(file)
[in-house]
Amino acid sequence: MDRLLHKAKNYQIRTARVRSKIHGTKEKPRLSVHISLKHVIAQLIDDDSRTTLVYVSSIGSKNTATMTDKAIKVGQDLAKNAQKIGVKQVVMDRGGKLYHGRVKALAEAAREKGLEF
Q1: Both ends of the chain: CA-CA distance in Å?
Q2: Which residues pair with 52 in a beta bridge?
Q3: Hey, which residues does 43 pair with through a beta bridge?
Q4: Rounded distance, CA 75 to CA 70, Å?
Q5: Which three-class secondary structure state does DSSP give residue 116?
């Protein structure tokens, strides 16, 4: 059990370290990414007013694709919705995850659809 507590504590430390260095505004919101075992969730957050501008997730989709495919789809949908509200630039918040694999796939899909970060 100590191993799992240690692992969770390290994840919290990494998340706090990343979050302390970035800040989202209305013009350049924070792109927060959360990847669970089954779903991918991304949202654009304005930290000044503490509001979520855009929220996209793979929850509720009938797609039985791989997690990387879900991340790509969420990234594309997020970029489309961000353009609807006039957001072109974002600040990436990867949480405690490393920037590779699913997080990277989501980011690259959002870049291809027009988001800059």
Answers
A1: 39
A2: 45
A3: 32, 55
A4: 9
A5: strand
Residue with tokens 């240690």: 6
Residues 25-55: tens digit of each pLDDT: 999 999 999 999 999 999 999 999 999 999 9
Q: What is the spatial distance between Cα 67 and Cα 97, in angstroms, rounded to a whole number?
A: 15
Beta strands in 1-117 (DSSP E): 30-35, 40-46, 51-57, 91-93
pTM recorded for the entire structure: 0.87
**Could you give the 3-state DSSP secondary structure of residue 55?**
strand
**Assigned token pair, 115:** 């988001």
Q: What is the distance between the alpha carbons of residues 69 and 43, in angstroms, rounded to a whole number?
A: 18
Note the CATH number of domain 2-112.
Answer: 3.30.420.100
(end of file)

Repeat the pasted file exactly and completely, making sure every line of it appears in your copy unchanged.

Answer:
[in-house]
Amino acid sequence: MDRLLHKAKNYQIRTARVRSKIHGTKEKPRLSVHISLKHVIAQLIDDDSRTTLVYVSSIGSKNTATMTDKAIKVGQDLAKNAQKIGVKQVVMDRGGKLYHGRVKALAEAAREKGLEF
Q1: Both ends of the chain: CA-CA distance in Å?
Q2: Which residues pair with 52 in a beta bridge?
Q3: Hey, which residues does 43 pair with through a beta bridge?
Q4: Rounded distance, CA 75 to CA 70, Å?
Q5: Which three-class secondary structure state does DSSP give residue 116?
């Protein structure tokens, strides 16, 4: 059990370290990414007013694709919705995850659809 507590504590430390260095505004919101075992969730957050501008997730989709495919789809949908509200630039918040694999796939899909970060 100590191993799992240690692992969770390290994840919290990494998340706090990343979050302390970035800040989202209305013009350049924070792109927060959360990847669970089954779903991918991304949202654009304005930290000044503490509001979520855009929220996209793979929850509720009938797609039985791989997690990387879900991340790509969420990234594309997020970029489309961000353009609807006039957001072109974002600040990436990867949480405690490393920037590779699913997080990277989501980011690259959002870049291809027009988001800059």
Answers
A1: 39
A2: 45
A3: 32, 55
A4: 9
A5: strand
Residue with tokens 């240690």: 6
Residues 25-55: tens digit of each pLDDT: 999 999 999 999 999 999 999 999 999 999 9
Q: What is the spatial distance between Cα 67 and Cα 97, in angstroms, rounded to a whole number?
A: 15
Beta strands in 1-117 (DSSP E): 30-35, 40-46, 51-57, 91-93
pTM recorded for the entire structure: 0.87
**Could you give the 3-state DSSP secondary structure of residue 55?**
strand
**Assigned token pair, 115:** 């988001």
Q: What is the distance between the alpha carbons of residues 69 and 43, in angstroms, rounded to a whole number?
A: 18
Note the CATH number of domain 2-112.
Answer: 3.30.420.100